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Institute for Truth Studies

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By Mark Anderson

DALLAS, Texas – The End the Fed rally in Dallas on Nov. 22 attended by more than 100 people was the perfect follow-up to the JFK memorial held earlier on the same sunny day, to remember a toppled president who some say was no fan of the Federal Reserve System himself.

This was just one of the 38 End-the-Fed rallies held that day at the 12 main Federal Reserve Banks and at the Fed’s smaller branches, including the one in San Antonio. The rally at the Cleveland, Ohio Fed bank included a speech by former Congressman Jim Traficant – who recently wrote in AFP that ending the Fed beats auditing it.



With the U.S. economy in tatters in several respects, more than a few passing motorists honked their horns in approval as Dallas demonstrators loudly chanted “End the Fed!” while showing dozens of signs along a curb at 2200 North Pearl Street, the home of the Federal Reserve Bank of Dallas. That regional bank of the Fed, according to its own emblem, was founded on May 18, 1914 – six months after the passage in Congress of the infamous Federal Reserve Act on Dec. 23, 1913.

Every dollar in circulation is “attached to a dollar of debt that we need to pay interest on,” proclaimed a rally leader named Louis, using a bullhorn. “Do we want that?”

“NO!” the crowd thundered in return.

“Every dollar is a dollar of debt on which interest needs to be paid,” Louis later stated, when talking with AMERICAN FREE PRESS to share his take on the Fed’s operations. “The Federal Reserve is the supplier of money … and the government, by taxing, supplies the base for the demand.”


Louis added: “We need to start issuing a currency … which we will use to pay taxes [legitimate and fair] but a currency that will not be attached to debt and on which interest won’t be paid.” He also stated, “The Communist Manifesto was written by bankers … because they understood that as soon as they had power over the issuance of currency, they had power over the government.”

The Communist Manifesto, notably, has 10 planks that include an income tax plank and another for a central bank with an exclusive monopoly. It also calls for public schools, and abolition of all rights of inheritance.

“Every plank of the Communist Manifesto is in place in the U.S. to some degree,” Louis added, while other demonstrators continually waved to motorists. Some demonstrators were children, and others of all ages did their part. Area AFP reader David Bell attended and helped AFP gather video footage.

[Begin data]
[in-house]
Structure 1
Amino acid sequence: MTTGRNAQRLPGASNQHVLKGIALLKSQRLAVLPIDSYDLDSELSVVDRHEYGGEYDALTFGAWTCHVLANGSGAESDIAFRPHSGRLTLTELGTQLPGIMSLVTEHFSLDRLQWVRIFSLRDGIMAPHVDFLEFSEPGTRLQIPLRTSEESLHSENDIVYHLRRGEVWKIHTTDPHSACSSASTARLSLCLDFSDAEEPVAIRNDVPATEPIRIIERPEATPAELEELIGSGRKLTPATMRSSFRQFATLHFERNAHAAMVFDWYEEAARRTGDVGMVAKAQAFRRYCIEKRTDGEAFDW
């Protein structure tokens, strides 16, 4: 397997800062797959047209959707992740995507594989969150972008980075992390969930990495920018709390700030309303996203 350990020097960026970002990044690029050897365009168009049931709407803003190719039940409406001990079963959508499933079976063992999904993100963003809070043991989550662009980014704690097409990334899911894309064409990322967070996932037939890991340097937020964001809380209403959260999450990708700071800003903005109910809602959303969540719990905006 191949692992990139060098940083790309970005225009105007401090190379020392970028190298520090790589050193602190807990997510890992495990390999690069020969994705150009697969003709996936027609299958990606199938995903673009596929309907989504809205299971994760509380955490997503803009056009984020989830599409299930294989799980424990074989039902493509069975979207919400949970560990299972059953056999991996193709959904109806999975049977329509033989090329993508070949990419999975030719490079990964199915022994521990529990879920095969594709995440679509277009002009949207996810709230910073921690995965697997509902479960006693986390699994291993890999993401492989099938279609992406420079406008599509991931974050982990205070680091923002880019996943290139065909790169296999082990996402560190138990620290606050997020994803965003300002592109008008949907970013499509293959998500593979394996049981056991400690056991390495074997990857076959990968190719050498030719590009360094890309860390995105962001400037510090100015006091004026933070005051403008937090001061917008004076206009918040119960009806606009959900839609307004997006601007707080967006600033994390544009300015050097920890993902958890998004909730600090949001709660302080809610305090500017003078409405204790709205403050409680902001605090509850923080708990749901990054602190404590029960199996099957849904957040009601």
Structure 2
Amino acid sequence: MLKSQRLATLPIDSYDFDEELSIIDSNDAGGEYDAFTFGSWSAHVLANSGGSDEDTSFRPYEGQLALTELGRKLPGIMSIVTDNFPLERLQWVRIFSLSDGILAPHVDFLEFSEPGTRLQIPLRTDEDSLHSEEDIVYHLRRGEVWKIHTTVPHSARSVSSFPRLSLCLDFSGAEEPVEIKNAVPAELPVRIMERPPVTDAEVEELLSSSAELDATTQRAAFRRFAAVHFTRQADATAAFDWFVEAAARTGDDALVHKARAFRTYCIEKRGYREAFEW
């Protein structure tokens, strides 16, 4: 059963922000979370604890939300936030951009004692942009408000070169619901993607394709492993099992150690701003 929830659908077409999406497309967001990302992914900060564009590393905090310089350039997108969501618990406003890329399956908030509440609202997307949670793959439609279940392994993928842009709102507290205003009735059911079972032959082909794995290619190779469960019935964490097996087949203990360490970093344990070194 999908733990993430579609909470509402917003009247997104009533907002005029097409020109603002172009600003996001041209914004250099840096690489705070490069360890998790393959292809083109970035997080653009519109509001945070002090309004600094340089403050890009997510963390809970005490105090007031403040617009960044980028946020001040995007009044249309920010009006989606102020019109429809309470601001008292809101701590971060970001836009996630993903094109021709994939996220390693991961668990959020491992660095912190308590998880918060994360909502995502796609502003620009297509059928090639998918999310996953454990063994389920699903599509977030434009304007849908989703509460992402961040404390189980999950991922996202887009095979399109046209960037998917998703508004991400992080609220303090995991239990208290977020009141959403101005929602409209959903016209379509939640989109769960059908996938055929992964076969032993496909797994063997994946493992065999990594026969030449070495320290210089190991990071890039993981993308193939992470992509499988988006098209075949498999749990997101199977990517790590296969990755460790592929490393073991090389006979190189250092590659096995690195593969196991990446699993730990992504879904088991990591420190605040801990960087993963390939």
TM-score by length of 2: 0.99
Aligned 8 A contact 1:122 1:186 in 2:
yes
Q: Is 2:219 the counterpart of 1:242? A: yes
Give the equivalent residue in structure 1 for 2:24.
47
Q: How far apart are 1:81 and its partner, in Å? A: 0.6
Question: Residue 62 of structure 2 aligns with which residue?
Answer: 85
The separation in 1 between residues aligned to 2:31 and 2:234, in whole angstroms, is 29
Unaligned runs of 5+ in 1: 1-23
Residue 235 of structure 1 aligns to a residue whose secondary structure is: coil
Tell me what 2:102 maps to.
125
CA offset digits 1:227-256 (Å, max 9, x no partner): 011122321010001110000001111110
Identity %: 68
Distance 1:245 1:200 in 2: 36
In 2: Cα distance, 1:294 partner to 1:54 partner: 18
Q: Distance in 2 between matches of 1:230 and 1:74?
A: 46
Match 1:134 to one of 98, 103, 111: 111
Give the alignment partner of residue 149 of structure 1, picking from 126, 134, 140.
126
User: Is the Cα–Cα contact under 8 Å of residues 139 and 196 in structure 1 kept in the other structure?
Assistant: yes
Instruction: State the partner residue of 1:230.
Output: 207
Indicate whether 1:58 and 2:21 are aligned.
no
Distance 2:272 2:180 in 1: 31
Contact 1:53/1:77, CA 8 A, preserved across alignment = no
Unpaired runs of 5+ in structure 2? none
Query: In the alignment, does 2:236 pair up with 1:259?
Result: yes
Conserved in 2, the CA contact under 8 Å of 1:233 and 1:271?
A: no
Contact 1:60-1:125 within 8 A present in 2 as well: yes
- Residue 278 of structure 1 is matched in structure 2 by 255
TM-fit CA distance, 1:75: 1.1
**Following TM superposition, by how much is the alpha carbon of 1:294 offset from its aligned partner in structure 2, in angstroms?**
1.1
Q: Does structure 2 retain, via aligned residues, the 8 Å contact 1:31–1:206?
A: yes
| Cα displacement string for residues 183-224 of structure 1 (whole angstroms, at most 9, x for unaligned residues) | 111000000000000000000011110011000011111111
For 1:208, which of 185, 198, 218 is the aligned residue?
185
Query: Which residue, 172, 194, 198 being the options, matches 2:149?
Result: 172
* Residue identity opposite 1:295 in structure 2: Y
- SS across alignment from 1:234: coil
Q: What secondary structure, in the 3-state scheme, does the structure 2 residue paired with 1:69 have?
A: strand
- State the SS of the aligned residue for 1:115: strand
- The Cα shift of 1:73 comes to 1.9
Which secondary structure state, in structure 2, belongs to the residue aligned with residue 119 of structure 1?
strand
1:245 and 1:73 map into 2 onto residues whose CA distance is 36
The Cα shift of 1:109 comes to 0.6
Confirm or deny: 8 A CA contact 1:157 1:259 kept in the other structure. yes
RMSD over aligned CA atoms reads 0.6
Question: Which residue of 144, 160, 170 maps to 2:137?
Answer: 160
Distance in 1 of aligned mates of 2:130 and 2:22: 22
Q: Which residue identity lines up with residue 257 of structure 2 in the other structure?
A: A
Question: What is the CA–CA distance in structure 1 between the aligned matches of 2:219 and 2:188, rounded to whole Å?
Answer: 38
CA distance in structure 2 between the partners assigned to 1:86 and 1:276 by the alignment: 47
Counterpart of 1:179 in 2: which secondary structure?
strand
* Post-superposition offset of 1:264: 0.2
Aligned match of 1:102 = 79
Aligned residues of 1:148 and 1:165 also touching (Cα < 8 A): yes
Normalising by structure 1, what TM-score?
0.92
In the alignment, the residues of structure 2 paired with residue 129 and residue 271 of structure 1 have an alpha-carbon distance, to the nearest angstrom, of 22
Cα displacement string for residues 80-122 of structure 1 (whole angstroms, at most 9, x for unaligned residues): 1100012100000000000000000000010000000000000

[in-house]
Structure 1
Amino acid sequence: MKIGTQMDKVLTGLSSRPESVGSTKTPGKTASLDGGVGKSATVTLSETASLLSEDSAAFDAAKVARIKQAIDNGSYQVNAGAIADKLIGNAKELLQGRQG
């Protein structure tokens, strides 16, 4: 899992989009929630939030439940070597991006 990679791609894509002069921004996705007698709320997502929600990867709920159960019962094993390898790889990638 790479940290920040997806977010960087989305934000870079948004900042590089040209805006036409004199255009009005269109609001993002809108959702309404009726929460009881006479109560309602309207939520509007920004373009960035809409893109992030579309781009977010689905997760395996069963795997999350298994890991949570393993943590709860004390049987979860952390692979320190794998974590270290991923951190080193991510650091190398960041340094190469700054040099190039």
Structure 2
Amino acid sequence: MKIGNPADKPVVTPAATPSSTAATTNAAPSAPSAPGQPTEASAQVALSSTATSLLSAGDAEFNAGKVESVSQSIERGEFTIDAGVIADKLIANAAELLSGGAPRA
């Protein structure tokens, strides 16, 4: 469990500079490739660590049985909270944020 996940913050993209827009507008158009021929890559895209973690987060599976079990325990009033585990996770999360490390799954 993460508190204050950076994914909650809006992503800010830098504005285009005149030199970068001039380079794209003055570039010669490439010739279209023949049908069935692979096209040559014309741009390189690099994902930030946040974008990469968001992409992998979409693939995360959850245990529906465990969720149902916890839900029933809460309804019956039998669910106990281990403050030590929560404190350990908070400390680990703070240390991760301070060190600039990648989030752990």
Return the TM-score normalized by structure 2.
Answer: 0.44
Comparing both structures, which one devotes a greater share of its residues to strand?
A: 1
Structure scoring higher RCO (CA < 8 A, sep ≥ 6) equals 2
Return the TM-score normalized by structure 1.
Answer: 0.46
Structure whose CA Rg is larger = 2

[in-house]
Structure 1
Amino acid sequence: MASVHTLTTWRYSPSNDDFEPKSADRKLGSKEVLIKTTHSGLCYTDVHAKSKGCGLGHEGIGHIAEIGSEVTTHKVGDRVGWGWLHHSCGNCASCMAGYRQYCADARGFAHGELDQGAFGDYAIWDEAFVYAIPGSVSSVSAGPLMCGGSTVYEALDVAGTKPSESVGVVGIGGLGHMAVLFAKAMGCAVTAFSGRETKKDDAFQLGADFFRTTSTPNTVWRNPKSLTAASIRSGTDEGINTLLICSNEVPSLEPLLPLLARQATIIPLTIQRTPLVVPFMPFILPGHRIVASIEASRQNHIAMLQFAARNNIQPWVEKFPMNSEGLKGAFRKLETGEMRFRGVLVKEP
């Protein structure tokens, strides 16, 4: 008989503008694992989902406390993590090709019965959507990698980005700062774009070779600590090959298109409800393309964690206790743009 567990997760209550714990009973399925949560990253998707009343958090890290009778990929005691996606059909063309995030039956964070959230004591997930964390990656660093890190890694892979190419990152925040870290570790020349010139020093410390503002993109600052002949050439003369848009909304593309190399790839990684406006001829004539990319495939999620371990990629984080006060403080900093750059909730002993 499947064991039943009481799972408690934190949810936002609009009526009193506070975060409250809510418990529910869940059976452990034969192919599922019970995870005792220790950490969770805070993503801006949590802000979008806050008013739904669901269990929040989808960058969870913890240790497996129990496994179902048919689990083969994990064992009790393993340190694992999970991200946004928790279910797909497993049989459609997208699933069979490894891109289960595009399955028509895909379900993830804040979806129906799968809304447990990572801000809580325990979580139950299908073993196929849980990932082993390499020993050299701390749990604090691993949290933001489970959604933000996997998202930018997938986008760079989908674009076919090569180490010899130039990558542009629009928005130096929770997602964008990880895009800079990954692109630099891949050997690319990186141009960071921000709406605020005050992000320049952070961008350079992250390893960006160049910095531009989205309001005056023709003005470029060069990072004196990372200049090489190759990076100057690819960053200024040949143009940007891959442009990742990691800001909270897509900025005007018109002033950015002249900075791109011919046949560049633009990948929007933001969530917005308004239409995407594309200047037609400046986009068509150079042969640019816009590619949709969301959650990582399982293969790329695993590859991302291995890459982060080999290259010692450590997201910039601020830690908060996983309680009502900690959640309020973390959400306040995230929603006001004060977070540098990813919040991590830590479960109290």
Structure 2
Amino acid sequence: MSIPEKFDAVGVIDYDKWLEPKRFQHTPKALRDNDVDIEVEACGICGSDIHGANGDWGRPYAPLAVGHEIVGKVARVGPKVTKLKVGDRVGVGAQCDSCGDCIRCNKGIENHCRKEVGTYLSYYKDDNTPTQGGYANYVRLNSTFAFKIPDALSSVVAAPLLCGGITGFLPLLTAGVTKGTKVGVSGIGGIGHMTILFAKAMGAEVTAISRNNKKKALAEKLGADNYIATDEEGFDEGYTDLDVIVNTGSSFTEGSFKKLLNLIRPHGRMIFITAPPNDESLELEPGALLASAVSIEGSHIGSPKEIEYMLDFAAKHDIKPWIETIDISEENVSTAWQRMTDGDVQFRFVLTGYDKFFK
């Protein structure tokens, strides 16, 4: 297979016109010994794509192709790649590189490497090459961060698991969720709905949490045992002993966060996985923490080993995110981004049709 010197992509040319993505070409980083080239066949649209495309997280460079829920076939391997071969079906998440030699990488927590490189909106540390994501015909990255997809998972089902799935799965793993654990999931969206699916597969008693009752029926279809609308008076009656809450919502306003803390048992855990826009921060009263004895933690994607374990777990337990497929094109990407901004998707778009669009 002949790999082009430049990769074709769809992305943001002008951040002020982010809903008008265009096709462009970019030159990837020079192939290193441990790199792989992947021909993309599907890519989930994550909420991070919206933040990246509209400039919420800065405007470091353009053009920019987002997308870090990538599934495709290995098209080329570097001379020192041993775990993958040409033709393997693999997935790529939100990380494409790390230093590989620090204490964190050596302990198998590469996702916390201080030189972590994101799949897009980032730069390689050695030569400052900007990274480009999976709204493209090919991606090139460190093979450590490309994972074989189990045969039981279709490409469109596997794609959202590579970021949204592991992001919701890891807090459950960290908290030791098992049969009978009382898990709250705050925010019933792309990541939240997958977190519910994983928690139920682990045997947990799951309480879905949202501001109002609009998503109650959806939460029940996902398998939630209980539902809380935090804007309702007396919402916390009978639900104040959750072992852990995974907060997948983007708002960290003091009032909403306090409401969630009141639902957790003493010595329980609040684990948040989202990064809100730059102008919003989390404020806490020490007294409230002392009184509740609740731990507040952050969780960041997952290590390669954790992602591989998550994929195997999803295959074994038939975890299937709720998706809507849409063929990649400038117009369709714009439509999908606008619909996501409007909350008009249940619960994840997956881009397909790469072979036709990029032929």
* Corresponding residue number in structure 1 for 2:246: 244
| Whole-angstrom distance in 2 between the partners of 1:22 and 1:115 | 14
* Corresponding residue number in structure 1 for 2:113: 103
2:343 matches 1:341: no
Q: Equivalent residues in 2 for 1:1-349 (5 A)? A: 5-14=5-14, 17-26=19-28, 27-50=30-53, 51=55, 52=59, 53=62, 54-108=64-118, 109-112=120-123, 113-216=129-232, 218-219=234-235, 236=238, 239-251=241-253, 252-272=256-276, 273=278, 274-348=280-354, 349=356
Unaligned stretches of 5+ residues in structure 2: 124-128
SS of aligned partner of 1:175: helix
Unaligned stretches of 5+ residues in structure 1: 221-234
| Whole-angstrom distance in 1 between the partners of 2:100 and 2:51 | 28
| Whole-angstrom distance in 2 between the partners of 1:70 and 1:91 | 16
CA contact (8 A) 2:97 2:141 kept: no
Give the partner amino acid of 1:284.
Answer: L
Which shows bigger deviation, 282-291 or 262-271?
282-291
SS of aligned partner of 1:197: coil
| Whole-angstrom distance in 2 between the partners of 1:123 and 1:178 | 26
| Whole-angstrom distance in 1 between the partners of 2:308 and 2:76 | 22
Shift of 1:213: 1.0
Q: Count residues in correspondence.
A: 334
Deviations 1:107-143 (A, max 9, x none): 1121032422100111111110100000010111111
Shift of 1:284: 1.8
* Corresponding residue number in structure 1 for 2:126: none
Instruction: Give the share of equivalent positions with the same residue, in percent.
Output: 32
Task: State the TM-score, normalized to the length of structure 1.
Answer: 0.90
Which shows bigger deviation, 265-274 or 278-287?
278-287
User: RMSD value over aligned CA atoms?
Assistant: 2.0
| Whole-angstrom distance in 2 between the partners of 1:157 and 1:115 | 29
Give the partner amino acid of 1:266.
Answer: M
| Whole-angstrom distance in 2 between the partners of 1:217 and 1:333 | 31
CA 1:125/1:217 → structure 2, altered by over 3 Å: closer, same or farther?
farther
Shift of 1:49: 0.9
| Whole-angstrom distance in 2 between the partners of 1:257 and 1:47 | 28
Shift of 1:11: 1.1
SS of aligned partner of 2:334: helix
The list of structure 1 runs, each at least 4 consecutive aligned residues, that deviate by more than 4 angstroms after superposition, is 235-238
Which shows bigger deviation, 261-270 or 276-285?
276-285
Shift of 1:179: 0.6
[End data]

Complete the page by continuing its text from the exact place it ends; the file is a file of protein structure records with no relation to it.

An interesting development came along when a participant at the Dallas rally handed out enlarged copies of what appeared to be exact replicas of ornate Federal Reserve Notes printed in Texas as “Series 1918,” four years after the Fed’s Dallas branch was founded. The revealing wording on the notes themselves is: “Secured by United States Certificates of Indebtedness or United States One-Year Gold Notes, Deposited with the Treasurer of the United States of America.”

Such candid wording is missing from today’s bland Federal Reserve Notes, thereby masking what used to be a clear acknowledgement that the U.S. government must go into debt with “Certificates of Indebtedness,” evidently bonds, in order to get Fed notes with which to operate.

This AFP writer also offered brief remarks to the Dallas crowd, noting that the newspaper seeks more retail newsstands to connect with the greater American populace about economic problems and other important topics -- while sharing insights that point to real solutions.

“We need to get rid of their paper,” this writer said, pointing at the Fed building, “and get more of my paper,” referring to his representation of AFP. “We’re confident enough to think beyond the Fed – let’s hear it for that!”

“YEAH!” the crowd replied, while being asked to contemplate the Fed’s eventual abolition and consider ideas on how to operate without it.

“Let’s get an alternative media – let’s put the dominant corporate media right where the Fed [should go]. Let’s … replace them with a much better news media,” this writer also said to the pumped-up crowd.

Looking back, the legislation to establish the seemingly perpetual Federal Reserve System – which carved the nation into 12 regions, including the Dallas one – did not bother to amend the Constitution to authorize the creation of this  privately-owned, privately-operated banking system at a time when most major new government schemes – such as the federal income tax also passed in 1913 – at least went through the motion of constitutional permission; however, a growing number of American citizens and activists, such as Louisiana attorney Tommy Cryer of, say the income tax was never properly ratified and that it does not apply to wages and salaries anyway.

MARK ANDERSON is a longtime newsman now working as a corresponding editor for American Free Press. Together he and his wife Angie provide many photographs of the events they cover for AFP. Mark welcomes your comments and inputs as well as story leads. Email him at at [email protected]

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(Issue # 30, July 27, 2009)

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